The Joy of Sex (Therapy)

As I was sitting with friends and colleagues discussing my chosen occupation, one of the questions that popped up (sorry, no pun intended) was what sex therapists do. When looking back, I realized that this was common sense to me, but many people do not really know being a sex therapist means. Let me clear things up.

Credentials

To begin with, the most prominent certification body in North America is The American Association for Sex Educators, Counselors and Therapists (AASECT). They generally outline the requirements needed to become a sex therapist, counselor, or educator. I will only be focusing on the Sex therapist designation here.

Generally speaking, sex therapy is the subspecialty within the psychology field, much like oncology is a specialization in the medical field.

In order to become a sex therapist you need a Master’s degree, plus two years of post-degree clinical experience as a psychotherapist, or a Doctorate degree plus one year of post-degree clinical experience as a psychotherapist. Additionally, you must be licensed in an area of psychology, medicine, social work, counseling, nursing, or marriage and family therapy.

After all of this, a Sex therapist must also take a wide range of courses in specialized subject matter like:

 

  • sexual and reproductive anatomy and physiology;
  • sexual development, relationships – marital, family, etc.;
  • factors that intersect with sexuality such as socio-cultural factors, medical factors, gender issues/identities, sexual orientation, substance abuse, sexual abuse etc.;
  • atypical sexual behavior, hyper-sexuality, and sexual dysfunction;
  • sexually transmitted infections and safer sex practices;
  • history of the discipline and the most recent research and literature;
  • training in theory and methods of sex-related psychotherapy;
  • assessment and diagnosis of psychosexual disorders and medical intervention.

 

How Therapy Works

There are a great many sexual behaviors that seem medical, but are actually psychological in nature. As a sex therapist, that is part of my job to determine. My job is to help individuals explore and understand the roots and causes of this behavior, sometimes it is to help them change the behavior, and sometimes it is the help them adapt into who they are or want to be.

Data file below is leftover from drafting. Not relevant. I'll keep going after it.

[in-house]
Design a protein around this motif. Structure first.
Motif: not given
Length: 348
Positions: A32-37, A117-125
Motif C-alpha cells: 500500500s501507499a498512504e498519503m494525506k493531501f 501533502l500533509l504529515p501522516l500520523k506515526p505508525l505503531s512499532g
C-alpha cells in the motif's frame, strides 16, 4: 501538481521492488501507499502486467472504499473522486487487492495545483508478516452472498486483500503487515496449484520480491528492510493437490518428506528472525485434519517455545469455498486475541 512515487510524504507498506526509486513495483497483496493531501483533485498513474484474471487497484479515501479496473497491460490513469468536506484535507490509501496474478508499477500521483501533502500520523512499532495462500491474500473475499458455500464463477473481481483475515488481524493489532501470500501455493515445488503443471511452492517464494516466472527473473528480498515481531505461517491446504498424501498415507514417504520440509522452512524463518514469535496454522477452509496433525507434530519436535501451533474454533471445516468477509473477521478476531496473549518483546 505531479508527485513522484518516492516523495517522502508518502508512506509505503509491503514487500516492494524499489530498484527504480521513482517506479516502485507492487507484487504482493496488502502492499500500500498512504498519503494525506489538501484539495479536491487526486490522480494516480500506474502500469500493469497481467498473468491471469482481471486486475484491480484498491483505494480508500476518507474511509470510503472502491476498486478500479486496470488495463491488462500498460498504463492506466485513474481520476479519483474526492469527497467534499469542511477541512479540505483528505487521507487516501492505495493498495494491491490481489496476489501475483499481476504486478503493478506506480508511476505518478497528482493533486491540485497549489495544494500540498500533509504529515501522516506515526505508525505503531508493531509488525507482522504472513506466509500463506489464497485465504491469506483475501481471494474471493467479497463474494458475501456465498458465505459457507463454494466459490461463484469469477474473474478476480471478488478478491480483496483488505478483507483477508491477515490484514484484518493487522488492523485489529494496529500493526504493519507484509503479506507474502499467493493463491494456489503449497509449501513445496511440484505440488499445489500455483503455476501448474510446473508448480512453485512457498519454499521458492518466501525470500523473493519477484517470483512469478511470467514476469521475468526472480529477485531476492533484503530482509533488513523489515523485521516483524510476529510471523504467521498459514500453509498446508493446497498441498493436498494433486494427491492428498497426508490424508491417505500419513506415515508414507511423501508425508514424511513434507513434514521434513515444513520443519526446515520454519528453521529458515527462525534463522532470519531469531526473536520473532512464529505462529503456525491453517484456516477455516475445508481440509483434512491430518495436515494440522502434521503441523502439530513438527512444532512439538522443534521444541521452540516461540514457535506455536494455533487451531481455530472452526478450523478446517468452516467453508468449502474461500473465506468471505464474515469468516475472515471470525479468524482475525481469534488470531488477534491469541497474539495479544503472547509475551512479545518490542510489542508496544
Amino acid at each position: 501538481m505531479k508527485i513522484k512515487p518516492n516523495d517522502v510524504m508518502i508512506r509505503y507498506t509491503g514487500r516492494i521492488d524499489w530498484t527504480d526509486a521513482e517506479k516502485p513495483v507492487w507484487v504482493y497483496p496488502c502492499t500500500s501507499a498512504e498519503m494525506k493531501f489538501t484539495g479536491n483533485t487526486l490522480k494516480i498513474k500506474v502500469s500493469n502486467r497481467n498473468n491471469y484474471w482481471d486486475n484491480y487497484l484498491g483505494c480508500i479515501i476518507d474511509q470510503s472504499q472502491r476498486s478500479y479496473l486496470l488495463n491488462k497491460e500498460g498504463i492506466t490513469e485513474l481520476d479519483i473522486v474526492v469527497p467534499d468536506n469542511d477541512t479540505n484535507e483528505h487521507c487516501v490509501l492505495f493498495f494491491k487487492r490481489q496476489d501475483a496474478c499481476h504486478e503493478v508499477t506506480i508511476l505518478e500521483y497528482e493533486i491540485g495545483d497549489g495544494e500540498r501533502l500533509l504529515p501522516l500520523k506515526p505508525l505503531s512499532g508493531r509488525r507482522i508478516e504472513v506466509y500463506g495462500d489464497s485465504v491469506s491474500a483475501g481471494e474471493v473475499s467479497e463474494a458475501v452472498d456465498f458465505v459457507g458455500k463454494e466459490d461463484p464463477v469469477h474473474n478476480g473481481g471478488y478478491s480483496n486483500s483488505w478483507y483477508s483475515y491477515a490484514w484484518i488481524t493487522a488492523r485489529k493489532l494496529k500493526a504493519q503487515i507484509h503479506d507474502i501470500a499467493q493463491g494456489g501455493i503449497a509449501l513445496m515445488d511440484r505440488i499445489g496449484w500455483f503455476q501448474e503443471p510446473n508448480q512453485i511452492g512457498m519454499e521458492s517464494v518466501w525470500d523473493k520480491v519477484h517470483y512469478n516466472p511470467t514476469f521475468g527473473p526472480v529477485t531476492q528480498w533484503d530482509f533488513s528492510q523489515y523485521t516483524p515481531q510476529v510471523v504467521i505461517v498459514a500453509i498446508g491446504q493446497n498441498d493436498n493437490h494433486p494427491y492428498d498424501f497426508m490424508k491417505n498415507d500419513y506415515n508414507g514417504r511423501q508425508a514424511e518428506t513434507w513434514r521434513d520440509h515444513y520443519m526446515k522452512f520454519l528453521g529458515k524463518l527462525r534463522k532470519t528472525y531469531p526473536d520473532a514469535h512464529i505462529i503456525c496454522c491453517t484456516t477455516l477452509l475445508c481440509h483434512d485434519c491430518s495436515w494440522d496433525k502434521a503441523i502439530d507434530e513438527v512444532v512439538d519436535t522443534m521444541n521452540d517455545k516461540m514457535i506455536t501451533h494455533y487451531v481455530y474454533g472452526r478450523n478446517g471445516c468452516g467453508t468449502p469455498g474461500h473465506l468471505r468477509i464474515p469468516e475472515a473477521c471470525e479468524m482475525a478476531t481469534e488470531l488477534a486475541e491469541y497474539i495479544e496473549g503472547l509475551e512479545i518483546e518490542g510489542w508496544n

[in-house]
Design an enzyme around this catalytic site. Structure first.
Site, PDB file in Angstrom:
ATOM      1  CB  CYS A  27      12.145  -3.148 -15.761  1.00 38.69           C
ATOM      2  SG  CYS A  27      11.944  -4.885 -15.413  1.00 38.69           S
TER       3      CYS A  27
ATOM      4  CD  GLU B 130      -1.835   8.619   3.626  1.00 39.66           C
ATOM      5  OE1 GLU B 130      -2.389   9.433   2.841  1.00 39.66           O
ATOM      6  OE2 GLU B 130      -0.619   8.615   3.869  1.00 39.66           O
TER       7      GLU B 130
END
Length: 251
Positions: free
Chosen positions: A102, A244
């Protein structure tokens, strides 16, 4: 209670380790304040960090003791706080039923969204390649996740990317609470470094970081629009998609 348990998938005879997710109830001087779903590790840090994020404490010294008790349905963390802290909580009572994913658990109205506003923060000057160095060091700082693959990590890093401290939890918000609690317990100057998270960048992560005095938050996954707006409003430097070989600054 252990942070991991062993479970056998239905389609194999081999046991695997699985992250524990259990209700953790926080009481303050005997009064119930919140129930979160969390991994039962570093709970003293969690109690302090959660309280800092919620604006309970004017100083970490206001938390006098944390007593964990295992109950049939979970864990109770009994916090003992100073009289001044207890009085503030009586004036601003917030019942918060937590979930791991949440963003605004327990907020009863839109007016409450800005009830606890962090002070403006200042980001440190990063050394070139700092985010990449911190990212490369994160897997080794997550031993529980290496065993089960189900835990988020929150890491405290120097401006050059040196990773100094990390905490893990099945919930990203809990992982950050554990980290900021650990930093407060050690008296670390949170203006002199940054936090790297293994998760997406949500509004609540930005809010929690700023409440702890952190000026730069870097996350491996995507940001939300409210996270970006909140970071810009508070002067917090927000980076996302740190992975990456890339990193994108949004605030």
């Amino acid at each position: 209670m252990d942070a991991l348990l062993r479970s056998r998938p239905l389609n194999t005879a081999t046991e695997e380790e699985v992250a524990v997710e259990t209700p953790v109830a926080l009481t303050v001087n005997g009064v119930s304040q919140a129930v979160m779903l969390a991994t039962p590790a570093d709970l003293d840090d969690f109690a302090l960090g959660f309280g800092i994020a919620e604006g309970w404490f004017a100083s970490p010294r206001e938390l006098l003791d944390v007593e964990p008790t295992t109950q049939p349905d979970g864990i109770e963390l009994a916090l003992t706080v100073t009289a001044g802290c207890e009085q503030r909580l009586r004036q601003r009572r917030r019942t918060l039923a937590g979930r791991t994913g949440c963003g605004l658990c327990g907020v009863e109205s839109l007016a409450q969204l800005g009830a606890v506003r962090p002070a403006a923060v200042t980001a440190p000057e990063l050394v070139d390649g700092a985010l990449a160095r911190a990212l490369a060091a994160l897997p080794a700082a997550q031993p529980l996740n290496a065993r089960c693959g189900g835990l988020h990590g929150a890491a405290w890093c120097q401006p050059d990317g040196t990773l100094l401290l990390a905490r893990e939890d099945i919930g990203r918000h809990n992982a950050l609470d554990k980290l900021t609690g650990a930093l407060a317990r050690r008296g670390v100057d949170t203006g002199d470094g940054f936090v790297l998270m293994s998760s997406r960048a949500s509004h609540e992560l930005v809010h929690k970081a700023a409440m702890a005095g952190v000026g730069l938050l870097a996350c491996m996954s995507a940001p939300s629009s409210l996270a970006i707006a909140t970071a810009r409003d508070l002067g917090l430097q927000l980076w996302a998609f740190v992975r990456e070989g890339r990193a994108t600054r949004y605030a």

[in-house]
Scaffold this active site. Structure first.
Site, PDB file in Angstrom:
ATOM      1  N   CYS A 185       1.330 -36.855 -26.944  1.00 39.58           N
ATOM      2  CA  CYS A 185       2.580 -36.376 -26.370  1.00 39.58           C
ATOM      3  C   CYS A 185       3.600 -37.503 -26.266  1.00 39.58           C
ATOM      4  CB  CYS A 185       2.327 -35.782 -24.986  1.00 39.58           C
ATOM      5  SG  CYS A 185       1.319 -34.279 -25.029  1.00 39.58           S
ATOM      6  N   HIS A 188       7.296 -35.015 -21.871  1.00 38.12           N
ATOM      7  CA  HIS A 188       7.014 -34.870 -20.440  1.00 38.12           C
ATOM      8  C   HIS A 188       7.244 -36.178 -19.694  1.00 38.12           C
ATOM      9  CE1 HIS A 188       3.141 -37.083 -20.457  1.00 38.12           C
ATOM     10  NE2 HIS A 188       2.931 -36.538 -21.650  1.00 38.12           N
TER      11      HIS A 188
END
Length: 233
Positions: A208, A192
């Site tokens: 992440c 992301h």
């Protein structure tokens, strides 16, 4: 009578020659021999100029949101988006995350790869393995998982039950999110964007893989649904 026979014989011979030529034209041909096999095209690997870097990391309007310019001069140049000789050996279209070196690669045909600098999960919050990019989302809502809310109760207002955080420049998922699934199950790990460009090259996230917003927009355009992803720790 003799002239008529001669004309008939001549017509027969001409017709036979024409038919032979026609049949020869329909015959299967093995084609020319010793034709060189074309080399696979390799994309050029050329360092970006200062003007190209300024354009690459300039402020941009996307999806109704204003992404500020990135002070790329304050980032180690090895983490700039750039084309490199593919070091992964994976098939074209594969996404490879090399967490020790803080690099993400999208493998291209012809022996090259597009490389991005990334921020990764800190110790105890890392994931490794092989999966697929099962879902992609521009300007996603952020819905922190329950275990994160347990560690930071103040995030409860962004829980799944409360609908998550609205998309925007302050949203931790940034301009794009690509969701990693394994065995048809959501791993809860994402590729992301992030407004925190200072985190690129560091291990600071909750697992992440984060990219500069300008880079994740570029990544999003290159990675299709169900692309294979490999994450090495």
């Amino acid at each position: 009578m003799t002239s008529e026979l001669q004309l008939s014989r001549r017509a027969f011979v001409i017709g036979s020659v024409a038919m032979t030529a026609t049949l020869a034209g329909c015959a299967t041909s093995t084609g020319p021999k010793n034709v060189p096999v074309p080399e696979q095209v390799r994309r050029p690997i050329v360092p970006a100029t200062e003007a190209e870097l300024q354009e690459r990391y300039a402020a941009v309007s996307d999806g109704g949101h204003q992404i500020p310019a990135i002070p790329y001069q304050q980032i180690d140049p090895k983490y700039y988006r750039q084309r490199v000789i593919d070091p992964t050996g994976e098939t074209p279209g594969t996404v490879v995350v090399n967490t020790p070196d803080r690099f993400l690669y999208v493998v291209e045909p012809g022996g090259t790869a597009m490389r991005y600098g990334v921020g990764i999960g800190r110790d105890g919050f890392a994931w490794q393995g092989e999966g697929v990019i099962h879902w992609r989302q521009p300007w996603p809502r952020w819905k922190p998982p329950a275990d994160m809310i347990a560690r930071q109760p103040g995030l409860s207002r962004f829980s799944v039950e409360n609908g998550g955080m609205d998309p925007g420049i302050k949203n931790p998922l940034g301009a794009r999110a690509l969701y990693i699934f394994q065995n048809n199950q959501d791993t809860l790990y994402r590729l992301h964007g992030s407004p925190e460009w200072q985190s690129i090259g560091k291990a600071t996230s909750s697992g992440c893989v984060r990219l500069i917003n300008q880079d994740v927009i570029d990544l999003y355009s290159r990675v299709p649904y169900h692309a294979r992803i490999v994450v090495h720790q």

There are no limitations to what I am likely to deal with when it comes to sexuality issues. Common issues that people come in with include anything from the basics of sexual dysfunction or disorders such as erectile dysfunction or “painful sex”, desire issues, and premature ejaculation to things like transgendered identity issues, LGTBQ concerns, and alternative sexual lifestyles such as BDSM, swinging, or certain fetishes to only name a few…and there are many!

Sex therapy from a psychotherapy perspective is talk therapy, but I also include behavior therapy and psycho-education in my practice. Typically, clients will come in for 1 hour sessions, and from time to time I will give homework for clients to do on their own. Various methods are used to explain and educate, including visual material which. Predictable, can be sexually explicit, in order to make sure clients clearly understand.

Who I work with varies from case to case. Sometimes I work with an individual for couple issues, or sometimes I work with the couple to help with the individual issues. It all depends on what issues are being brought forth and what I need to do in order to help. Most of the time, this involves asking questions to figure out what is going on and determine how much of the activity or issue is biological in nature versus psychological in nature or what the combination of these are.

Hopefully this gives you a better understanding of sex therapy in a short snapshot on what we do. I encourage you to ask questions as much as possible, just be prepared for the answer!

By Cory Hrushka, M.A., DST., CCS, Registered Psychologist

I can be reached at chrushka@insightpsychological.ca